RETIREMENT BLUEPRINT FOR FREELANCERS
Retirement for freelancers is tricky. Unlike regular employees, no one will look out for self-employed individuals’ retirement but them. Yes, you may not be able to obtain benefits such as company stock or free money in the form of employer’s matching contribution. But freelancers have all the freedom to wholly control their retirement contributions, investments, and possibility of saving more than you can imagine.
So how freelancers should prepare for their retirement? The following are some of the techniques for a successful retirement.
Rollover IRA. Majority of freelancers used to work for an employer before they became self-employed. More or less, these freelancers had a retirement plan with their former employer. Assuming that is the case, have you monitored it? Whichever, the best way to manage this retirement plan is to transfer it to a rollover IRA. Rollover IRA is a special individual retirement account, which enables individuals to transfer all their assets from previous employer’s plan to the rollover IRA. That way, freelancers can pick their own investments and control their accounts.
Roth or Traditional IRA. Both IRAs are available to employees, including freelancers. Self-employed individuals can contribute to this plan aside from their self-employed 401(k). Also, a working spouse can make a contribution to an IRA on nonworking spouse’s behalf. Roth IRA enables employees post-tax dollars; traditional IRA allows individuals to contribute pretax dollars. The maximum annual contribution is $5,500 or one’s total income, whichever is lower. Should you decide to max out contributions or combine before-tax and after-tax contributions, integrate a conventional or roth IRA to your retirement.
Self-Employed 401(k). Freelancers can contribute to a 401(k) as long as they are working for themselves. Contributions can be done with pretax dollars. If married, your spouse can also partake in this account. Like an employee that offers a 401(k), a freelancer can deduct $17,500 of his income into a self-employed 401(k). They can also make a profit sharing contribution of as much as 25% of one’s compensation, up to $52,000. A self-employed individual, if 50 years old or older, can also make catch-up payments. Use a self-employed plan contribution calculator to determine the allowed contribution amount according to your income. Another retirement savings account available to freelancers is the simplified employee pension (SEP). But normally, a self-employed 401(k) allows freelancers to save more.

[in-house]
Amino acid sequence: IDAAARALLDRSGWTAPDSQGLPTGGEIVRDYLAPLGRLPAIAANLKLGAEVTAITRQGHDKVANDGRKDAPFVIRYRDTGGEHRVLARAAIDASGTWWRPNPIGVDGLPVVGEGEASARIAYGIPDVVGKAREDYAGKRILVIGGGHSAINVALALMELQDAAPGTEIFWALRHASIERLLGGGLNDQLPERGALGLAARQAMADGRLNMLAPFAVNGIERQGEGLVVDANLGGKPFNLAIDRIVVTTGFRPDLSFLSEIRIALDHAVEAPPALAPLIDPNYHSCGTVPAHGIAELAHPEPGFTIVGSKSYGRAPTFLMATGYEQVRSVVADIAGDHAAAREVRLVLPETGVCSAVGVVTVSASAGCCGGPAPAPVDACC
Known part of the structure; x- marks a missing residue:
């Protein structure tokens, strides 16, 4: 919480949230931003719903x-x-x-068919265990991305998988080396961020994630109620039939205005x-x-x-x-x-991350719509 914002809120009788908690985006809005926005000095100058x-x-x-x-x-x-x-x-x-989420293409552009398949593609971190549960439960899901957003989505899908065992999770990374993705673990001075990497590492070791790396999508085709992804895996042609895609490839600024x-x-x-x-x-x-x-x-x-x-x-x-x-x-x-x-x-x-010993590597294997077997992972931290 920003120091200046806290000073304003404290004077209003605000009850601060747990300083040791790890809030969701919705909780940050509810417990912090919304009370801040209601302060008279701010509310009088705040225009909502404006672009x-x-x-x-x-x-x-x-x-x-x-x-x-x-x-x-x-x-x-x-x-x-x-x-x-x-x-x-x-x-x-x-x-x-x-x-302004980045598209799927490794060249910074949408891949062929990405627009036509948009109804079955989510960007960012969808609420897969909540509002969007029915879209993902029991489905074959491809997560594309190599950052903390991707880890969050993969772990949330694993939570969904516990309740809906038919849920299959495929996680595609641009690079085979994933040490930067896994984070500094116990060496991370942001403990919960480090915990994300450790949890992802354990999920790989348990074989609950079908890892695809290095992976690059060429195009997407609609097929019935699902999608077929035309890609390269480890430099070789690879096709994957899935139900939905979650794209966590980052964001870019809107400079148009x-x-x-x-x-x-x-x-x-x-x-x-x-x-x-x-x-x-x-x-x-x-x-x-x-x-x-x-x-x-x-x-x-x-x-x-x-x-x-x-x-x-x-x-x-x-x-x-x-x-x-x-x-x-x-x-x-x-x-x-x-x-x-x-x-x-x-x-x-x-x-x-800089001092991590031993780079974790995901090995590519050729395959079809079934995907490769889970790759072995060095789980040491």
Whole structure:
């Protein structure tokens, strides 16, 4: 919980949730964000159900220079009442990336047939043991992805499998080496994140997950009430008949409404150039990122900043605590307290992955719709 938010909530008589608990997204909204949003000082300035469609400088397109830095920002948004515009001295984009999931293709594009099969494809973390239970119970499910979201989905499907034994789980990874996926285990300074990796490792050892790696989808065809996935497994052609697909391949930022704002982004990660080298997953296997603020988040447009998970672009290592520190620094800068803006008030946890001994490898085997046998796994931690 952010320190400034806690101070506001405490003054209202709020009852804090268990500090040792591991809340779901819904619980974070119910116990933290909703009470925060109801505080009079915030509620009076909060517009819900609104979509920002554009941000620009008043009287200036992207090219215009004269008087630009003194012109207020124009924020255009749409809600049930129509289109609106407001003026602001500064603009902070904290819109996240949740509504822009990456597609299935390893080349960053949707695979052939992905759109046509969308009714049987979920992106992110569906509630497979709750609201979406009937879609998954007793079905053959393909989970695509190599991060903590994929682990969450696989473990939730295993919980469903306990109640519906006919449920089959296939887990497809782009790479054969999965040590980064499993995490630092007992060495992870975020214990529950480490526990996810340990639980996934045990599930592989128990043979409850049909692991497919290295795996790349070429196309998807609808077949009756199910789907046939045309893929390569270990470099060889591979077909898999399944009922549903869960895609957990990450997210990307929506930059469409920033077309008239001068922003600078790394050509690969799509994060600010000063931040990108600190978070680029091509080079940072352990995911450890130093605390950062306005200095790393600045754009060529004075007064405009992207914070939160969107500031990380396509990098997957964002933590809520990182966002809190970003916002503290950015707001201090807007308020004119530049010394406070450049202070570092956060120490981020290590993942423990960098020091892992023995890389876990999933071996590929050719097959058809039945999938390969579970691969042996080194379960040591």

You won’t be working all your life. So forget not to save money for retirement throughout the year. You will not know the amount of your contribution until the end of the year. Since you are a freelancer, you won’t be taking small accounts out of every paycheck and putting it in your retirement account. But if you wait until the end of the year to allocate a huge portion of your income, chances are you might figure out the money is not there because you have already spent it. Save early, save now.
To ensure the money available is sufficient to contribute to your retirement account, put up a regular old savings account you contribute monthly. Upon figuring out the amount you are allowed to set aside in your retirement account(s) for the year, you can transfer the money from savings account(s) to retirement account(s). Granted that you have saved more than you are allowed to give and you need not the money for something else, put it in a savings account. There are some cases an individual can make a bigger retirement contribution the following year.
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